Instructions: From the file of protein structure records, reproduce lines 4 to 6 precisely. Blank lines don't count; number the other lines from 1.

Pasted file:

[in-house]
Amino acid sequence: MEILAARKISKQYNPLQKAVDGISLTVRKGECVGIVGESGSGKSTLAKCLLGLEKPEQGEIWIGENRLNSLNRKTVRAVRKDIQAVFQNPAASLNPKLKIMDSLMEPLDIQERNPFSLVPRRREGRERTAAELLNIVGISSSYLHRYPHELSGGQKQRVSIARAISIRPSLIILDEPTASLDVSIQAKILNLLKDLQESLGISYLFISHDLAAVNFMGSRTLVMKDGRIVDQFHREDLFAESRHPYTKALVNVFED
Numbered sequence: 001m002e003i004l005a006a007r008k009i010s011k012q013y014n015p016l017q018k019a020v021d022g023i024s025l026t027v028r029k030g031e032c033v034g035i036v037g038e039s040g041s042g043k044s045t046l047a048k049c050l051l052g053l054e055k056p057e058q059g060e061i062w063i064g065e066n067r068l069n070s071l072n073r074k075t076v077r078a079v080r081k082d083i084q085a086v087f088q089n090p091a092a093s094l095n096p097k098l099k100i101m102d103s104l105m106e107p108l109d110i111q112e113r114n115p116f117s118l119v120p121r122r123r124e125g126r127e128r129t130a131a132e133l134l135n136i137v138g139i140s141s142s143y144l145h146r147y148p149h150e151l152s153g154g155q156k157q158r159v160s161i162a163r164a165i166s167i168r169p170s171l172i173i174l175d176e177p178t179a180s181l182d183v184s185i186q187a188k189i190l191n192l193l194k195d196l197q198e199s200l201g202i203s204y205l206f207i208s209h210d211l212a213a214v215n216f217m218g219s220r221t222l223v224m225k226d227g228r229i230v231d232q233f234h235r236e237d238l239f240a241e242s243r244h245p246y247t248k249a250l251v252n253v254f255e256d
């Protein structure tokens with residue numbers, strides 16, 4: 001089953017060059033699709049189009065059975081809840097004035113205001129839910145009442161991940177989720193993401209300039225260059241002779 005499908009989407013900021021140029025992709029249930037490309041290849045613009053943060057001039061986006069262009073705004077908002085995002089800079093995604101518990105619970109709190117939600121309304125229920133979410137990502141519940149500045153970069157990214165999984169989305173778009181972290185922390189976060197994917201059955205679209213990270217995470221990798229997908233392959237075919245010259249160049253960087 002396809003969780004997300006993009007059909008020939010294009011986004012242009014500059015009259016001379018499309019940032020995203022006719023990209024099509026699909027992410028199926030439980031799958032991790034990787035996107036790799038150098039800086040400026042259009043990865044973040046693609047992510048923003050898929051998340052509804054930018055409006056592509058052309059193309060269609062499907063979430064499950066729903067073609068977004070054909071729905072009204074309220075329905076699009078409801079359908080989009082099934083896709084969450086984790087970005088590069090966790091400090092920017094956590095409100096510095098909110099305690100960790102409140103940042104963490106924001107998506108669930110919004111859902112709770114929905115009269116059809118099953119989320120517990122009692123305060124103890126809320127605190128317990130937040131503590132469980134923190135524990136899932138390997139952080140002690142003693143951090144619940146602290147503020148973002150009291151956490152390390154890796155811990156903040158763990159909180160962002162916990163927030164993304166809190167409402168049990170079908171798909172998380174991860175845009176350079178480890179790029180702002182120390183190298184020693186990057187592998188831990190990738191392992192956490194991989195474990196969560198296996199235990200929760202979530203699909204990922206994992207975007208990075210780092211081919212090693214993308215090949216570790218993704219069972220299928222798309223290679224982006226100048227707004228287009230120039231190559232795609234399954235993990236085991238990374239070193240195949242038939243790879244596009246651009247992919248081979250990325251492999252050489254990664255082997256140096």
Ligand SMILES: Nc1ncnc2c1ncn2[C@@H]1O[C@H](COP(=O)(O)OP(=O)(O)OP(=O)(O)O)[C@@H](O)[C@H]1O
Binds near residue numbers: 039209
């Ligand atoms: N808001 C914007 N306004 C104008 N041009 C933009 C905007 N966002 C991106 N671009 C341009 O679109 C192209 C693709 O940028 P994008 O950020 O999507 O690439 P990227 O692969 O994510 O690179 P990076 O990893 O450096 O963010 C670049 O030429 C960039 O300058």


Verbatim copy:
């Protein structure tokens with residue numbers, strides 16, 4: 001089953017060059033699709049189009065059975081809840097004035113205001129839910145009442161991940177989720193993401209300039225260059241002779 005499908009989407013900021021140029025992709029249930037490309041290849045613009053943060057001039061986006069262009073705004077908002085995002089800079093995604101518990105619970109709190117939600121309304125229920133979410137990502141519940149500045153970069157990214165999984169989305173778009181972290185922390189976060197994917201059955205679209213990270217995470221990798229997908233392959237075919245010259249160049253960087 002396809003969780004997300006993009007059909008020939010294009011986004012242009014500059015009259016001379018499309019940032020995203022006719023990209024099509026699909027992410028199926030439980031799958032991790034990787035996107036790799038150098039800086040400026042259009043990865044973040046693609047992510048923003050898929051998340052509804054930018055409006056592509058052309059193309060269609062499907063979430064499950066729903067073609068977004070054909071729905072009204074309220075329905076699009078409801079359908080989009082099934083896709084969450086984790087970005088590069090966790091400090092920017094956590095409100096510095098909110099305690100960790102409140103940042104963490106924001107998506108669930110919004111859902112709770114929905115009269116059809118099953119989320120517990122009692123305060124103890126809320127605190128317990130937040131503590132469980134923190135524990136899932138390997139952080140002690142003693143951090144619940146602290147503020148973002150009291151956490152390390154890796155811990156903040158763990159909180160962002162916990163927030164993304166809190167409402168049990170079908171798909172998380174991860175845009176350079178480890179790029180702002182120390183190298184020693186990057187592998188831990190990738191392992192956490194991989195474990196969560198296996199235990200929760202979530203699909204990922206994992207975007208990075210780092211081919212090693214993308215090949216570790218993704219069972220299928222798309223290679224982006226100048227707004228287009230120039231190559232795609234399954235993990236085991238990374239070193240195949242038939243790879244596009246651009247992919248081979250990325251492999252050489254990664255082997256140096």
Ligand SMILES: Nc1ncnc2c1ncn2[C@@H]1O[C@H](COP(=O)(O)OP(=O)(O)OP(=O)(O)O)[C@@H](O)[C@H]1O
Binds near residue numbers: 039209